Is it then a dream, that I remember the faces of them of old,

While wandering in the grove with Plato, and listening to Zeno in the porch?

Paul have I seen, and Pythagoras, and the Stagyrite hath spoken me friendly,

And His meek eye looked also upon me, standing with Peter in the palace.

Athens and Rome, Persepolis and Sparta, am I not a freeman of you all?

And chiefly can my yearning heart forget thee, O Jerusalem?—

For the strong magic of conception, mingled with the fumes of memory,

Giveth me a life in all past time, yea, and addeth substance to the future.


Be ye my judges, imaginative minds, full-fledged to soar into the sun,

Whose grosser natural thoughts the chemistry of wisdom hath sublimed,

Have ye not confessed to a feeling, a consciousness strange and vague,

That ye have gone this way before, and walk again your daily life,

Tracking an old routine, and on some foreign strand,

Where bodily ye have never stood, finding your own footsteps?

Hath not at times some recent friend looked out an old familiar,

Some newest circumstance or place teemed as with ancient memories?

A startling sudden flash lighteth up all for an instant,

And then it is quenched, as in darkness, and leaveth the cold spirit trembling.

Memory is not wisdom; idiots can rote volumes:

Yet, what is wisdom without memory? a babe that is strangled in its birth,

The path of the swallow in the air, the path of the dolphin in the waters,

A cask running out, a bottomless chasm: such is wisdom without memory.

There be many wise, who cannot store their knowledge;

Yet from themselves are they satisfied, for the fountain is within:

There be many who store, but have no wisdom of their own,

Lumbering their armoury with weapons their muscles cannot lift:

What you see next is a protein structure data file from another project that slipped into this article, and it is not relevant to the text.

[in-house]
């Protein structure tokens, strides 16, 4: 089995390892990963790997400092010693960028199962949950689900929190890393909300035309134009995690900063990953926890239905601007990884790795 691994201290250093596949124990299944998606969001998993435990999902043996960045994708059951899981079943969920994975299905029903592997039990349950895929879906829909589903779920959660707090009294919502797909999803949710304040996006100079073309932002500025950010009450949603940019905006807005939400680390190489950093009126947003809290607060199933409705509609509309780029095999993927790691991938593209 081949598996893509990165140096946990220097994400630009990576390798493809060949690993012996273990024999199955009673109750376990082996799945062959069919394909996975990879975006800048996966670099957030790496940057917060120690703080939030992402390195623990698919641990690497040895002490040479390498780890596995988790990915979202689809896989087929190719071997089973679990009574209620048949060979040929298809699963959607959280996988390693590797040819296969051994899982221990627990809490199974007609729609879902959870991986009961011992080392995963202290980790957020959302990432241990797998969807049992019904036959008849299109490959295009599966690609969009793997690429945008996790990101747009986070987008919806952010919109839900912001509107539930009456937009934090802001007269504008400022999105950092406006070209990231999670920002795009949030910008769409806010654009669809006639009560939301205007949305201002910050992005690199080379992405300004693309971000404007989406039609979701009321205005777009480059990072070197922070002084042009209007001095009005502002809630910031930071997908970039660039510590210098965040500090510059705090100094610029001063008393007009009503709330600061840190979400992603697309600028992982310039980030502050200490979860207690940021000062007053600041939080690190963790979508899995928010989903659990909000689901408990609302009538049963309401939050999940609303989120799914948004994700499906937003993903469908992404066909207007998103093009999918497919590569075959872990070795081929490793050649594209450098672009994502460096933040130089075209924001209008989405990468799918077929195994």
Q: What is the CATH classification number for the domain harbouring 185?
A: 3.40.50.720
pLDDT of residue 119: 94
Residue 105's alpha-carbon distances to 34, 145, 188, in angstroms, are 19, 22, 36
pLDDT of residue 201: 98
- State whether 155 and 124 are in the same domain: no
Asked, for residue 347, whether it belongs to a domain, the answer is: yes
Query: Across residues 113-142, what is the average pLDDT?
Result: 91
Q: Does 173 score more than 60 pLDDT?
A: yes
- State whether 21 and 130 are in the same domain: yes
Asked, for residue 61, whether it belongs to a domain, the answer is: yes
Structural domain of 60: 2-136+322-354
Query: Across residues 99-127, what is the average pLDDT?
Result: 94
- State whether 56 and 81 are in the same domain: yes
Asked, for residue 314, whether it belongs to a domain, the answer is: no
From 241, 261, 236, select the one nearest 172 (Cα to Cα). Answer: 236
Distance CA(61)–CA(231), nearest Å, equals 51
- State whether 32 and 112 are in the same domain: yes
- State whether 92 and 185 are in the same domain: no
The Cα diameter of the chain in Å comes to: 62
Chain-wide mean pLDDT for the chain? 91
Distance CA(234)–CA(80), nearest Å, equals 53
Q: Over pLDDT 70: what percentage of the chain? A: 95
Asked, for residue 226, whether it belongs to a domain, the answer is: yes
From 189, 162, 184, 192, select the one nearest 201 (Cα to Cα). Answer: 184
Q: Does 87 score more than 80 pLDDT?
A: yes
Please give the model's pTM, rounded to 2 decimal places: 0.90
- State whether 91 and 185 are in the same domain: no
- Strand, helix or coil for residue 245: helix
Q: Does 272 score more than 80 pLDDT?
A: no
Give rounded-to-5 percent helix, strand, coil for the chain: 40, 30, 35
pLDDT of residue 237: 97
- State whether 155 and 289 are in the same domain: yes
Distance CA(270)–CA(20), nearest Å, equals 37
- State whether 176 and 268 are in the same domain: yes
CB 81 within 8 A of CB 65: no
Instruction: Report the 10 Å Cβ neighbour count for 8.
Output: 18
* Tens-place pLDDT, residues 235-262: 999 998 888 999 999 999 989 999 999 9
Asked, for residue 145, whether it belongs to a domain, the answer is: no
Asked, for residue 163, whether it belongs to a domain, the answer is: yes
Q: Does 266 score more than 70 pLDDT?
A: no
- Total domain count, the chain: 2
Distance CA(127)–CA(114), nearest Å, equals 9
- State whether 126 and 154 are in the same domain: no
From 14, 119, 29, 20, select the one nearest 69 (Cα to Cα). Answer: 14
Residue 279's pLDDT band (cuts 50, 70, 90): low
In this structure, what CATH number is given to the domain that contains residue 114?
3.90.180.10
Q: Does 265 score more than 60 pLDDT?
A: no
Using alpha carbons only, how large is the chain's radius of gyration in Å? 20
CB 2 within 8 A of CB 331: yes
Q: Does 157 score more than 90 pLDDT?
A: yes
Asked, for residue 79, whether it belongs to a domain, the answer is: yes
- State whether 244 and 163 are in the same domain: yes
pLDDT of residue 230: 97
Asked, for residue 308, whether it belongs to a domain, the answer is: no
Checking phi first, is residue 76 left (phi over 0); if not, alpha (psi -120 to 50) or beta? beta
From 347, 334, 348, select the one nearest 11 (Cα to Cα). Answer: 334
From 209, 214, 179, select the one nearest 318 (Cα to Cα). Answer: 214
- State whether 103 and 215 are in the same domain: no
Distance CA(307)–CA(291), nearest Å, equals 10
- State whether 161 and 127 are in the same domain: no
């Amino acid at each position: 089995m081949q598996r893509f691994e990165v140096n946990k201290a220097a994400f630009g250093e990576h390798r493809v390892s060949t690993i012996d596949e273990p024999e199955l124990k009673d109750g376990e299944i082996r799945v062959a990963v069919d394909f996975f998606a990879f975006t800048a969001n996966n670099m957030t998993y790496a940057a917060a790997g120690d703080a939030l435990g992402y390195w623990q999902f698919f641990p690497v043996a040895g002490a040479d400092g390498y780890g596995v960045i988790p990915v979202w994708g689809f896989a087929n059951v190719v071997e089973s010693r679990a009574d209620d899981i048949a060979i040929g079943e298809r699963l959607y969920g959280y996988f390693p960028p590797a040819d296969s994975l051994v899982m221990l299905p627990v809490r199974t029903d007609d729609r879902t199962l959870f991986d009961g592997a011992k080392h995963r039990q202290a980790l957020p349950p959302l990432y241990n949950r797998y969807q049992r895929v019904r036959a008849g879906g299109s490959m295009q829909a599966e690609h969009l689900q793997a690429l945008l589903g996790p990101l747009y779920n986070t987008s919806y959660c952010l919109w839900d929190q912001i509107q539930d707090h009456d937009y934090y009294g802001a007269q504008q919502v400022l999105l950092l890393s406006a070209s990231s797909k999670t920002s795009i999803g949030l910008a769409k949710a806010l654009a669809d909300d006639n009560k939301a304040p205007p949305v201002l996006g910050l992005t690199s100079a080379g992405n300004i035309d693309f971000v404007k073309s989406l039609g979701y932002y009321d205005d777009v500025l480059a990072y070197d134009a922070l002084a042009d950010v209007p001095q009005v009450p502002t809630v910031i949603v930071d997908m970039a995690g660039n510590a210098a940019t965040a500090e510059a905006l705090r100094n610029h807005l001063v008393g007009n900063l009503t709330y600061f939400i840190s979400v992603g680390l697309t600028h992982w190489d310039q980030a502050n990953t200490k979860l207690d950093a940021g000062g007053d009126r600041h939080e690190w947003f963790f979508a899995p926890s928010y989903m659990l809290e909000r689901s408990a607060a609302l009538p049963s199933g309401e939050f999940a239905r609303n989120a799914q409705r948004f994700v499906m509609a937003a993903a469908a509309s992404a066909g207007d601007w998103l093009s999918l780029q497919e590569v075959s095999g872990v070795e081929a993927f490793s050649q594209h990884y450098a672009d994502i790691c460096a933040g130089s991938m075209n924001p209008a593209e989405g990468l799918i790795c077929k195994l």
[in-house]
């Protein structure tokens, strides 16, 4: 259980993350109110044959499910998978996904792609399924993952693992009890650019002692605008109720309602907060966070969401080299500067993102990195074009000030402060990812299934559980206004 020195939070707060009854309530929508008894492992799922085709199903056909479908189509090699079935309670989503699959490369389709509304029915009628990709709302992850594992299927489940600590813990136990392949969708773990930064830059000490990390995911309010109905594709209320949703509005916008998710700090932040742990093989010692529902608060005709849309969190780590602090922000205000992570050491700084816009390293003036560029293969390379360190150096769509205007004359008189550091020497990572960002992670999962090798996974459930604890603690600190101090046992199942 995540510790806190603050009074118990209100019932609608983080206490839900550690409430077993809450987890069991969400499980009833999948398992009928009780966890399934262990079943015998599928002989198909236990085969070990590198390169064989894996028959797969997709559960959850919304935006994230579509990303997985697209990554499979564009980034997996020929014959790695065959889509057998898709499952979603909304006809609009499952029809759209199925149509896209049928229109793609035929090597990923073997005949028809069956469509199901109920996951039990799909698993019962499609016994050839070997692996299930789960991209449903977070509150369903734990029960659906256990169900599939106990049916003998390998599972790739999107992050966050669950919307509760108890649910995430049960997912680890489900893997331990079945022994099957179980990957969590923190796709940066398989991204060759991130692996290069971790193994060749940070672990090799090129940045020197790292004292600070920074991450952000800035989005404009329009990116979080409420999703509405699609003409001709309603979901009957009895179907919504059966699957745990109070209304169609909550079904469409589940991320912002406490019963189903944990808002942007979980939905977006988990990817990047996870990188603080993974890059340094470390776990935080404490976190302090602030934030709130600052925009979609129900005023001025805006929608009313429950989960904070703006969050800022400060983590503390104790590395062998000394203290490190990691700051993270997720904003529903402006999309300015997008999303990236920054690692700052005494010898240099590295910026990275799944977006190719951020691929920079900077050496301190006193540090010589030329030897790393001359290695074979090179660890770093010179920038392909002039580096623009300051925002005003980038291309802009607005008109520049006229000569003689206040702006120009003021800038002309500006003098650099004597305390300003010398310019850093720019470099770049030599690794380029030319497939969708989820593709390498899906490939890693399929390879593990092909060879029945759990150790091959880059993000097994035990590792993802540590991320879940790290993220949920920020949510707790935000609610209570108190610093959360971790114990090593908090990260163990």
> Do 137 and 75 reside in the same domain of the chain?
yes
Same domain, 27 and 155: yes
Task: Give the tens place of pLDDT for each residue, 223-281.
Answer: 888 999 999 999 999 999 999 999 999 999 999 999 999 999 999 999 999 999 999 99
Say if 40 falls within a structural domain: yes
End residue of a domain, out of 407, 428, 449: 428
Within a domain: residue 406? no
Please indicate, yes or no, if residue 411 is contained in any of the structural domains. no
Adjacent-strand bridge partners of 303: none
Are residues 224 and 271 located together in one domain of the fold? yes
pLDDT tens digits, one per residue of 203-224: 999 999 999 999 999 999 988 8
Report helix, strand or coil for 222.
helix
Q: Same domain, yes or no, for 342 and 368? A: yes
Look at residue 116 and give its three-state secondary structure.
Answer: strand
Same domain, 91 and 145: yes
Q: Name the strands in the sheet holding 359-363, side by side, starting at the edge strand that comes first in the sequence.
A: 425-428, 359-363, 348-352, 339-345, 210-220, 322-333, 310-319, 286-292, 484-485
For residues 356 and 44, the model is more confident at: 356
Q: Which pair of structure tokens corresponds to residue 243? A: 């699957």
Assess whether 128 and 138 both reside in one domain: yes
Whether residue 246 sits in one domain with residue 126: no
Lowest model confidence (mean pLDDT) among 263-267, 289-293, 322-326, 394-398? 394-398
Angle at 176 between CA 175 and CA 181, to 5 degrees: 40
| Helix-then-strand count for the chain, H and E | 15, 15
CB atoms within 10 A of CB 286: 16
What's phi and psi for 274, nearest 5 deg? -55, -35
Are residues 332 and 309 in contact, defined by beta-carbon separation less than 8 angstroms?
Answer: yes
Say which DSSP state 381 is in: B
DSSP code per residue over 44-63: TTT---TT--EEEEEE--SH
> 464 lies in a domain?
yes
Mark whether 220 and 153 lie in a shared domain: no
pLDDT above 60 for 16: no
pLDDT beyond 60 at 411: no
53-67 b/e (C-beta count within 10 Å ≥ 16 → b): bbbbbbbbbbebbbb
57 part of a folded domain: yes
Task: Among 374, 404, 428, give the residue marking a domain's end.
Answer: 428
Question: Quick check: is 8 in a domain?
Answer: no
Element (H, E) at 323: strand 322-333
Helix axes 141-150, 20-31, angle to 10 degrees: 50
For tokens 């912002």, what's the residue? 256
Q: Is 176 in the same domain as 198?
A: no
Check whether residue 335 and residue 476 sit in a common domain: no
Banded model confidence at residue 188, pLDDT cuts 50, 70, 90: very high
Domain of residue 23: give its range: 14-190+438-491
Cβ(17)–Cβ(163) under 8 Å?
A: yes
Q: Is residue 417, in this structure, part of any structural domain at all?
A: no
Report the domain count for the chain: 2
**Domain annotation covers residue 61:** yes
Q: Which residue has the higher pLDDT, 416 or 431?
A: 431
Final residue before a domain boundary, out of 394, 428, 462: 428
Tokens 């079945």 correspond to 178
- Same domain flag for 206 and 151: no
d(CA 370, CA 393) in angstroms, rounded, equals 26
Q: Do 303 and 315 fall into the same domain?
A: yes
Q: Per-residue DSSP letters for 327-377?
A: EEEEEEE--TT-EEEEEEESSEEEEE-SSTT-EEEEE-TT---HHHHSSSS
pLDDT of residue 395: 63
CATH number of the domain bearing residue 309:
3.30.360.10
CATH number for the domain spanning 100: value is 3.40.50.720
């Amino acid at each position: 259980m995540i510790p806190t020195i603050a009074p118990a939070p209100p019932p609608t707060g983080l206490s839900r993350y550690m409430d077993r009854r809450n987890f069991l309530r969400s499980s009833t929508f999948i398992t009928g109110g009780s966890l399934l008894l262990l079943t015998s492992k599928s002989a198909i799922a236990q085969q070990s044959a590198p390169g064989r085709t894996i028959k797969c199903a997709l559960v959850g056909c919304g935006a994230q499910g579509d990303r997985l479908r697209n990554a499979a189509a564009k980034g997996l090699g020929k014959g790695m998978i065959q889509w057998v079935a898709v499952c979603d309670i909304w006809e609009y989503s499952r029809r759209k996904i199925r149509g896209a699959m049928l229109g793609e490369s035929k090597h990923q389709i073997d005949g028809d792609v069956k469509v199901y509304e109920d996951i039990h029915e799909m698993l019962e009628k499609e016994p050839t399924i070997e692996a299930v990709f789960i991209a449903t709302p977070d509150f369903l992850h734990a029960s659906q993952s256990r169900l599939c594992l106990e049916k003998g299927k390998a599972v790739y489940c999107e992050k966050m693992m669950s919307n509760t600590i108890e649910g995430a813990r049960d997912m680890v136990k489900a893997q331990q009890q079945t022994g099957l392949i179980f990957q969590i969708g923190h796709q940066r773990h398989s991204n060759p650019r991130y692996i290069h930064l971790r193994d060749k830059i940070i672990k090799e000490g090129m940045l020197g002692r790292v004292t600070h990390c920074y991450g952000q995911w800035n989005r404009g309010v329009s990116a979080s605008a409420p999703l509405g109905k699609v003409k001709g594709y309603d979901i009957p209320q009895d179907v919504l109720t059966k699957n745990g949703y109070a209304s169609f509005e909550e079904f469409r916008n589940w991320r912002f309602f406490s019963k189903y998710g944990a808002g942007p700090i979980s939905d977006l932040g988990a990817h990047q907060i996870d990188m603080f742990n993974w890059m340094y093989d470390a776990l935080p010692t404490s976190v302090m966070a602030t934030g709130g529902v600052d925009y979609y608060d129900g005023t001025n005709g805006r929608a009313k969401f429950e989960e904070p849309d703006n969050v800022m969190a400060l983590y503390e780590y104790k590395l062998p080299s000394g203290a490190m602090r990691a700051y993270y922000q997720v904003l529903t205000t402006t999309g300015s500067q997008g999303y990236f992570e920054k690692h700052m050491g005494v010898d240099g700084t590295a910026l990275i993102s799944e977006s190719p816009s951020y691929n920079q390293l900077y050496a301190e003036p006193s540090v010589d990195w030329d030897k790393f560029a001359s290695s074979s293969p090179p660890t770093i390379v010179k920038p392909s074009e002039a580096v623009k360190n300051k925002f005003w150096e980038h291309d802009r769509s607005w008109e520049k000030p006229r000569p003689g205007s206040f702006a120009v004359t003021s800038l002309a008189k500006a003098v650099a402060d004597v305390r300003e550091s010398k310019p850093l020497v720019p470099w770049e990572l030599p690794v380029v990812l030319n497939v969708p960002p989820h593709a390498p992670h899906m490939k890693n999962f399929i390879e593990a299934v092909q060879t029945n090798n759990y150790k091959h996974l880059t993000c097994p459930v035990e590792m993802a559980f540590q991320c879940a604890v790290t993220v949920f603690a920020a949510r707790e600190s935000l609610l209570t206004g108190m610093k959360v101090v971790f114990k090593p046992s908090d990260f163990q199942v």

There be many thieves and robbers, who glean and store unlawfully,

Calling in to memory's help some cunningly devised Cabala:

But to feed the mind with fatness, to fill thy granary with corn,

Nor clog with chaff and straw the threshing-floor of reason,

Reap the ideas, and house them well; but leave the words high stubble:

Strive to store up what was thought, despising what was said.

For the mind is a spirit, and drinketh in ideas, as flame melteth into flame;

But for words it must pack them as on floors, cumbrous and perishable merchandize.


To be pained for a minute, to fear for an hour, to hope for a week—how long and weary!

But to remember fourscore years, is to look back upon a day.

An avenue seemeth to lengthen in the eyes of the wayfaring man,

But let him turn, those stationed elms crowd up within a yard;

Pace the lamp-lit streets of some sleeping city,

The multitude of cressets shall seem one, in the false picture of perspective;

Even so, in sweet treachery, dealeth the aged with himself,

He gazeth on the green hill-tops, while the marshes beneath are hidden;

And the partial telescope of memory pierceth the blank between,

To look with lingering love at the fair star of childhood.

Life is as the current spark on the miner's wheel of flints;

Whiles it spinneth there is light; stop it, all is darkness:

Life is as a morsel of frankincense burning in the hall of Eternity;

It is gone, but its odorous cloud curleth to the lofty roof:

Life is as a lump of salt, melting in the temple-laver;

It is gone,—yet its savour reacheth to the farthest atom:

Even so, for evil or for good, is life the criterion of a man,

For its memories of sanctity or sin pervade all the firmament of being.

There is but the flitting moment, wherein to hope or to enjoy,

But in the calendar of Memory, that moment is all time.



I left the happy fields that smile around the village of Content,

And sought with wayward feet the torrid desert of Ambition.

Long time, parched and weary, I travelled that burning sand,